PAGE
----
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The economic picture looks much different than it did last year, or two years ago, but one thing hasn't changed: The lure of the FAANGs.

GDP growth is slowing, trade worries are still in the air and there's chatter about a looming recession. But an exclusive club of large-cap tech stocks still seems golden for now. 

That's reflected in the overall performance of FAANG stocks this year. Facebook (FB) (+50% year to date), Apple (AAPL) (+32%), Amazon (AMZN) (+30%) have all outperformed the broader market, with the S&P 500 up 20% so far this year.

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The FAANG moniker isn't entirely accurate, though: That shorthand doesn't include Microsoft (MSFT) , which presently has the largest market cap of any stock ($1.07 trillion) and has climbed 39% so far this year.

"This is one of the perfect environments for those high-growth big tech companies," said Meghan Shue, investment strategist at Wilmington Trust. "In the slower 'goldilocks' environment, investors are steering away from value names that are more tied to the economic cycle."

Netflix (NFLX) , the smallest of the group, has underperformed the market following a big subscriber growth miss in the second quarter. And in an unusual circumstance, Alphabet has lagged well behind its peers, gaining only 8% this year amid sluggish growth in ad revenue and regulatory concerns. Like Amazon, Alphabet reports its latest earnings on Thursday after the bell.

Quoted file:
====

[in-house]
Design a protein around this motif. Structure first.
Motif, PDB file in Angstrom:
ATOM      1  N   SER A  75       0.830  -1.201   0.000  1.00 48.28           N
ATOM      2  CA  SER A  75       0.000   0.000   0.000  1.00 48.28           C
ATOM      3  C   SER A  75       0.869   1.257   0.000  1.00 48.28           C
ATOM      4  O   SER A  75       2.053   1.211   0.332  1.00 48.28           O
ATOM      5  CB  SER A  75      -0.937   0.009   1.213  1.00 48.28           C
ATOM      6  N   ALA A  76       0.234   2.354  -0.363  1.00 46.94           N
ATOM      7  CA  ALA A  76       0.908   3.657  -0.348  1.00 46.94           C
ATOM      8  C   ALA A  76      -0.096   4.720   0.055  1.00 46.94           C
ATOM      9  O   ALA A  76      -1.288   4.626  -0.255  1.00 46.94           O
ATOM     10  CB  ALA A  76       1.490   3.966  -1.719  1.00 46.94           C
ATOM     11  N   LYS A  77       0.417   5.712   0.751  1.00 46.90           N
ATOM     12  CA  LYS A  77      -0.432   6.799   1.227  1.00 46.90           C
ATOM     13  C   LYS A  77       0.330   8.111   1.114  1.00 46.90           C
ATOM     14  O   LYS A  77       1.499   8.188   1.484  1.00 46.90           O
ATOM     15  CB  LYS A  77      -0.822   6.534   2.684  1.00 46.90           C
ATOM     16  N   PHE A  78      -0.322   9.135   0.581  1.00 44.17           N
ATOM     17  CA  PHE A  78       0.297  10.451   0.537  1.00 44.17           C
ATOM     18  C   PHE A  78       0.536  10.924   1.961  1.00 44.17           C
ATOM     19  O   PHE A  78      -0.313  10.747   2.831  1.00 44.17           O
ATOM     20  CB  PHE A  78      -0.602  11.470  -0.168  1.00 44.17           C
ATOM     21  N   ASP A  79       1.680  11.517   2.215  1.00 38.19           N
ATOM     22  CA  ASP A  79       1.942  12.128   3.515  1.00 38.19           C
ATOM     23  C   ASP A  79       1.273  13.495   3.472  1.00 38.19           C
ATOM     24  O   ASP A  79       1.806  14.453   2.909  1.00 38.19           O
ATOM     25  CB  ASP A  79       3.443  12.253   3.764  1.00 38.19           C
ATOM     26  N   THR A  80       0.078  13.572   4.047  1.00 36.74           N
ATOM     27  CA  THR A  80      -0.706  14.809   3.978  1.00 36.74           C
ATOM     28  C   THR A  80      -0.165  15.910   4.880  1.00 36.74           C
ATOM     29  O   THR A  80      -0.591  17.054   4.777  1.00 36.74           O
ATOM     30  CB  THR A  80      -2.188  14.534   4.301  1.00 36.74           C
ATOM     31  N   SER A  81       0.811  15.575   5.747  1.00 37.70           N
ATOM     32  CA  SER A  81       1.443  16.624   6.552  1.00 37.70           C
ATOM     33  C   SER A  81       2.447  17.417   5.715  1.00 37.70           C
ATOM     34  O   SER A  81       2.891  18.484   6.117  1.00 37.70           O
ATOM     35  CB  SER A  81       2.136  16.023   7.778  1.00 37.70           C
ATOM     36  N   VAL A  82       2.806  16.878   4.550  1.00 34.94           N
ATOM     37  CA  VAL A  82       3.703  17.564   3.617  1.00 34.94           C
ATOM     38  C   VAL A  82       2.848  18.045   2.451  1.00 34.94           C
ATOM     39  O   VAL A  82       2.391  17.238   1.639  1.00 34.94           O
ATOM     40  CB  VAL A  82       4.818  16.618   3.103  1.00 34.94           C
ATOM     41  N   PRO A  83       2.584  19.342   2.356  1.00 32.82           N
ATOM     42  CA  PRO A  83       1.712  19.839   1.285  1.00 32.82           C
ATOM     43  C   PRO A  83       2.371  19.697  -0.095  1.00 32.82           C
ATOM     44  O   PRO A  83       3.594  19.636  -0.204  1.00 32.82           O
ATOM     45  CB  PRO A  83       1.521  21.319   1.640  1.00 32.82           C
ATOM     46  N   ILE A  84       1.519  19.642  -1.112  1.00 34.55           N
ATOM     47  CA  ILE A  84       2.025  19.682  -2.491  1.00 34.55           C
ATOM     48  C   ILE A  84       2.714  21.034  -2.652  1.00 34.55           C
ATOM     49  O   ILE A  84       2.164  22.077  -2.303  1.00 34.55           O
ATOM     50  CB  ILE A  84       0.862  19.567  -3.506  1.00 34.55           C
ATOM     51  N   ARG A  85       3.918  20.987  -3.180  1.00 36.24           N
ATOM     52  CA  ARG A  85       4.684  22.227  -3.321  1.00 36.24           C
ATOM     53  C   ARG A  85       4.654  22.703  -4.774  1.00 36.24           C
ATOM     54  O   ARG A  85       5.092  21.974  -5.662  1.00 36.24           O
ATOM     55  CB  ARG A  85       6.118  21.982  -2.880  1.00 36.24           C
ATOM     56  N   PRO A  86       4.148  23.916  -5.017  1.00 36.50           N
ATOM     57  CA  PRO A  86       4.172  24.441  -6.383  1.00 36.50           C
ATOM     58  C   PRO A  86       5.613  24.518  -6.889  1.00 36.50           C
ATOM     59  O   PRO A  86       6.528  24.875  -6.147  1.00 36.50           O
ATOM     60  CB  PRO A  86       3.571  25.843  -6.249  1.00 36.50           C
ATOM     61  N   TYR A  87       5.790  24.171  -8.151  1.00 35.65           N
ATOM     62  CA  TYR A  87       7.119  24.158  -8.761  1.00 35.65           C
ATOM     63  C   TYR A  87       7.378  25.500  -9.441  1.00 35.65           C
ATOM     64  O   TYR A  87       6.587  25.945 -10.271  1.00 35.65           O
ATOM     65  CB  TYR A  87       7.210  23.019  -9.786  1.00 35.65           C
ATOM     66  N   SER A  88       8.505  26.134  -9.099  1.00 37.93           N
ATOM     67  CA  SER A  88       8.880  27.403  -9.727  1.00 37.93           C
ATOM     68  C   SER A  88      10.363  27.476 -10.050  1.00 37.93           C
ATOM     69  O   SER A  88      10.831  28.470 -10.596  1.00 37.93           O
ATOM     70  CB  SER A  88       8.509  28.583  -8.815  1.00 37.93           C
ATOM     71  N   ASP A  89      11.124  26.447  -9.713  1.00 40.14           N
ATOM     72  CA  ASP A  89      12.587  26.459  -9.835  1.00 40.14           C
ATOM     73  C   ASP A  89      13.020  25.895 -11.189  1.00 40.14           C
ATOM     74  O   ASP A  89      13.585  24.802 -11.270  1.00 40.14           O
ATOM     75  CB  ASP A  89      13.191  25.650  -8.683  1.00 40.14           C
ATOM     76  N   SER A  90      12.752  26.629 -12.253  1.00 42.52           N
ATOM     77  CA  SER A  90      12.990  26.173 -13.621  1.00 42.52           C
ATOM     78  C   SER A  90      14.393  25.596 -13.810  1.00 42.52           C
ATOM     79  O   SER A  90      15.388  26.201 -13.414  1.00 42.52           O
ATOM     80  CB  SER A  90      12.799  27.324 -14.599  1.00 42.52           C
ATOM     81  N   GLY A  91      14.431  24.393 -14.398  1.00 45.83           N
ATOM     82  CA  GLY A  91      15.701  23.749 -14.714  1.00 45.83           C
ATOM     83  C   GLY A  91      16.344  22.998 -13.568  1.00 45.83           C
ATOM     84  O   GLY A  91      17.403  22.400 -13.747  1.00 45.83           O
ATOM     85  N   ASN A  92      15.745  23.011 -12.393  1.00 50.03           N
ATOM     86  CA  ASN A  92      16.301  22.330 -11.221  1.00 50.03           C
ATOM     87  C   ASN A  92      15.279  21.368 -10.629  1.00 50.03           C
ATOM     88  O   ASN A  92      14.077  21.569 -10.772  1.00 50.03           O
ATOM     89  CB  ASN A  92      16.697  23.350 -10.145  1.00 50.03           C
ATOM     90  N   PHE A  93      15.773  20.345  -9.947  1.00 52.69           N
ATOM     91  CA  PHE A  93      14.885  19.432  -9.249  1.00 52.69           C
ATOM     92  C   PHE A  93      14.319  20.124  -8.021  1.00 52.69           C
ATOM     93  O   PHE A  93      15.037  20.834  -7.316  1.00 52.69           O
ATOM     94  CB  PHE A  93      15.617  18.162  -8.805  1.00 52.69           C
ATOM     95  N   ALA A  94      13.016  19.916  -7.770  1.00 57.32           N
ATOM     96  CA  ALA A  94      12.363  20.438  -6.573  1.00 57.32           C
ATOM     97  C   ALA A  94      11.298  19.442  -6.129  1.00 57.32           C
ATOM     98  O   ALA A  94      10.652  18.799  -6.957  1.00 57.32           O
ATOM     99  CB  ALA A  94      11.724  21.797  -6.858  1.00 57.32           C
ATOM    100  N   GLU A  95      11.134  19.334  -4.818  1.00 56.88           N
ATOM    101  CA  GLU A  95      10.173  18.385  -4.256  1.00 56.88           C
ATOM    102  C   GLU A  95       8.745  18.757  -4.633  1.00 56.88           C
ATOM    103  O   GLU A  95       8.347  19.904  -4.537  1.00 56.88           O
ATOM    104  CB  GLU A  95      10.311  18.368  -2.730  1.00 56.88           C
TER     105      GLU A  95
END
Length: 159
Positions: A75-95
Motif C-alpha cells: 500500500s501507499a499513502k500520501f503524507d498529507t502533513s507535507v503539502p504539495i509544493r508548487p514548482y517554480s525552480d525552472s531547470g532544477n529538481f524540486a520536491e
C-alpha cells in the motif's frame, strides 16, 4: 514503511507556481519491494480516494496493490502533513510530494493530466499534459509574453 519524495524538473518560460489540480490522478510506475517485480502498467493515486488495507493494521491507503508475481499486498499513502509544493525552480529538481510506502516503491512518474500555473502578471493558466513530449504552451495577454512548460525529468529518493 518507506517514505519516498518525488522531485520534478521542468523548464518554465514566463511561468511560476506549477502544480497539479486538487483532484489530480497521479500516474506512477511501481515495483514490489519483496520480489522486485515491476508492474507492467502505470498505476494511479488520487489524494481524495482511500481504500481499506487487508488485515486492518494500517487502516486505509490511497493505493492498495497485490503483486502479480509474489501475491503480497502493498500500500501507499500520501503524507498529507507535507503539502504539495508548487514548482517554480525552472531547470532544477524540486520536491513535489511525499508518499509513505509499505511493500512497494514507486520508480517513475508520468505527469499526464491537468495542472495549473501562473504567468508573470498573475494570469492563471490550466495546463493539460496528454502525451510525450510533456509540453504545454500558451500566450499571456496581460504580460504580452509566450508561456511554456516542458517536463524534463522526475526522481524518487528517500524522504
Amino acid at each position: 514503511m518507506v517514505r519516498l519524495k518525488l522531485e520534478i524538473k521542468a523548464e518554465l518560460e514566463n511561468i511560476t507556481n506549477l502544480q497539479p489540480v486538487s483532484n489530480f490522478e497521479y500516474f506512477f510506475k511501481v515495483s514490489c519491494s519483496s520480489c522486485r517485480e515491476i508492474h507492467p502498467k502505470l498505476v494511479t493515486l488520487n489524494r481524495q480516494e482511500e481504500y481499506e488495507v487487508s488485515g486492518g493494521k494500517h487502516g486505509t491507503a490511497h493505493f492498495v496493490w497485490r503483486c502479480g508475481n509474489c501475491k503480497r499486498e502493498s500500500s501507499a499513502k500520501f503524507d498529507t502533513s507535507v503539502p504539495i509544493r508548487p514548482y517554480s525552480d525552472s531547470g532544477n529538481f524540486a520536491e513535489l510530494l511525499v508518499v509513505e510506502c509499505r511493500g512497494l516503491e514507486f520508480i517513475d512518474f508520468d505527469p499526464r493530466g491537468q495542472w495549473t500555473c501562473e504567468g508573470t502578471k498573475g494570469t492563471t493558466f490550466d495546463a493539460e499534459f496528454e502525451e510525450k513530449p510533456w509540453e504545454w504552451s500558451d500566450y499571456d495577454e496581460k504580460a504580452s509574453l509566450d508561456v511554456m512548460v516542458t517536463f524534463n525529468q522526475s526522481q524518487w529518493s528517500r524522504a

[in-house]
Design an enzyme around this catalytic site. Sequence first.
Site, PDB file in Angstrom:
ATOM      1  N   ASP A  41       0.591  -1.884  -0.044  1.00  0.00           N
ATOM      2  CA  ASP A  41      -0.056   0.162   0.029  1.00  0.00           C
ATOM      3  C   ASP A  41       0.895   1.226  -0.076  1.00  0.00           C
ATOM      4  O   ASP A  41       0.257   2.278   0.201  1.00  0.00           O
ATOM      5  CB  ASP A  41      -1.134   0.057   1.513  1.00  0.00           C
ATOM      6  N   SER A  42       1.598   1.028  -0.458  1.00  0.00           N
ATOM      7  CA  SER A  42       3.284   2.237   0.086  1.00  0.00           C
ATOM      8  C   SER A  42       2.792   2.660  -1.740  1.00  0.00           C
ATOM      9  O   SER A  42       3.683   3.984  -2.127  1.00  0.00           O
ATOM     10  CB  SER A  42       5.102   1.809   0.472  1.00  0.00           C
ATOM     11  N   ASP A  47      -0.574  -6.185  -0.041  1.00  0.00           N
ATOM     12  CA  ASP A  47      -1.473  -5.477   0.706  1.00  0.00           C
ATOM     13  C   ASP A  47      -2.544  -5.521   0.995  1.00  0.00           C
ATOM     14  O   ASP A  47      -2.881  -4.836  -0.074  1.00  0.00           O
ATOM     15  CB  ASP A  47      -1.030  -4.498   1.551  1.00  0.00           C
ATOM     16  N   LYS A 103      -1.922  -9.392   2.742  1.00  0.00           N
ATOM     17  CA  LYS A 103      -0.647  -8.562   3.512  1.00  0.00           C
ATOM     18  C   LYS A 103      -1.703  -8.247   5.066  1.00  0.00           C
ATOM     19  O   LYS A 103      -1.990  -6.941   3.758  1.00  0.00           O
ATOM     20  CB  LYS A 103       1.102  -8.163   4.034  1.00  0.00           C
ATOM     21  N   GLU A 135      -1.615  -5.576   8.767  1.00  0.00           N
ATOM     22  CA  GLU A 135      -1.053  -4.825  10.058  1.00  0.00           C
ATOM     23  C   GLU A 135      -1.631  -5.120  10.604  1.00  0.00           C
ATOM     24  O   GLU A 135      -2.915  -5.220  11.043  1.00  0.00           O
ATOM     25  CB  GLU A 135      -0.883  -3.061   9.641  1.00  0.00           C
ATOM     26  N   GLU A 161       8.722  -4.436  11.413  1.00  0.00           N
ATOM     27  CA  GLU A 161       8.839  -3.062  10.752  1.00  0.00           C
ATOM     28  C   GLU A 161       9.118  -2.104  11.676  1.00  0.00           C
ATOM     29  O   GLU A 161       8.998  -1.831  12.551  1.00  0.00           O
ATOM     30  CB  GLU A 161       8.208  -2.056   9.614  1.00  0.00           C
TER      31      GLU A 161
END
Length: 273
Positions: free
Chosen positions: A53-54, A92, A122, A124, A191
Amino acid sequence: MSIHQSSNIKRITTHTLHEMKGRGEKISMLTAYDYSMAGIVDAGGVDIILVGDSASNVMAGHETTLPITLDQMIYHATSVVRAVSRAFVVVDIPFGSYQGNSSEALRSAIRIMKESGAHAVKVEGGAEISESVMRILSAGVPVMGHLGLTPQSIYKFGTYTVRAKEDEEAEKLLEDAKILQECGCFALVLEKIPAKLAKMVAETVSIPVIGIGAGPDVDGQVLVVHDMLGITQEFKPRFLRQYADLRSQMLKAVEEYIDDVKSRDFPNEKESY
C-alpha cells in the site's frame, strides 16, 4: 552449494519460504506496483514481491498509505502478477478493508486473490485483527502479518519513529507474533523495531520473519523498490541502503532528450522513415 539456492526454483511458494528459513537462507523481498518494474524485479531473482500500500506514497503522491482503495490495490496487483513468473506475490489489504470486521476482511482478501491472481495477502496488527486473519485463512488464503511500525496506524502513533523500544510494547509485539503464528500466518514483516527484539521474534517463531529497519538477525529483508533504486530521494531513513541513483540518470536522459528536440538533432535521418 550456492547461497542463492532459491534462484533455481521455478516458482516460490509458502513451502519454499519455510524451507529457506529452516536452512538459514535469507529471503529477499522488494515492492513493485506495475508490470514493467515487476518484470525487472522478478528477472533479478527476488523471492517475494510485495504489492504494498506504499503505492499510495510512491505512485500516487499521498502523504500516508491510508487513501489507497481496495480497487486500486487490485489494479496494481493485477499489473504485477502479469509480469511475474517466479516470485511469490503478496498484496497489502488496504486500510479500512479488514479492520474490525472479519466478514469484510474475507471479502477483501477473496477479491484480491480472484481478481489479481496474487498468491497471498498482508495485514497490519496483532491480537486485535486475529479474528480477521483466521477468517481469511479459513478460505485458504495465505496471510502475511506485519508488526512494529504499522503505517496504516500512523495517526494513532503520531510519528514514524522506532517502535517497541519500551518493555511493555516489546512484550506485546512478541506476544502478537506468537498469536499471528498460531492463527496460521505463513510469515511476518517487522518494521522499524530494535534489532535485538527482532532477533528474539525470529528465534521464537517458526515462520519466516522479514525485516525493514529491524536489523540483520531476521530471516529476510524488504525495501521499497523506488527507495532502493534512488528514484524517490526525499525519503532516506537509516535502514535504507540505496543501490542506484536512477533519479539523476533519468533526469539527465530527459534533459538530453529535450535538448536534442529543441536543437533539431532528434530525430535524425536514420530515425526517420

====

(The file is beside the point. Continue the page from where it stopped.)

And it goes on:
"These stocks all trade roughly commensurate with their growth rates, and Google's growth rate has lagged behind those companies," explained Kevin O'Grady, a portfolio manager at Los Angeles-based Miracle Mile Advisors. In its first-quarter earnings report, Alphabet recorded 15% growth in ad revenue, down from 24% the prior year, and missed revenue estimates by $1 billion.

Nonetheless, investors are still looking to the big tech names for big returns -- but the rationale behind it varies.

"Facebook was more of a unique situation where it had a host of idiosyncratic challenges; the stock got heavily discounted and it was able to rally," said Carlos Dominguez of Element Pointe Advisors.

He added that among the FAANG group, Amazon's dominance in cloud -- a high-margin and growing segment that disproportionately drives its profits -- places it in a particularly strong position as the tech sector grows as a whole. That's an attribute it shares with Microsoft.

"It's remarkably margin-accretive because of the nature of the business," he said of Amazon's cloud segment. "Microsoft reported another strong number in its last earnings, and it really points to how early we are in the business transformations around the world -- new businesses being launched, or migrated to some cloud infrastructure."

Despite the strength of large-cap tech players this year, it is not the only part of the tech sector that investors are keeping a close eye on. Cybersecurity and smaller cloud stocks have also performed well, while semiconductor stocks -- a sector that has experienced reduced demand for some time -- may be due to finally turn a corner. Many chip stocks have rebounded in 2019 in anticipation of this recovery. 

"We're seeing signs now that we might see a bottom -- that's one area we are watching closely," added Shue. 

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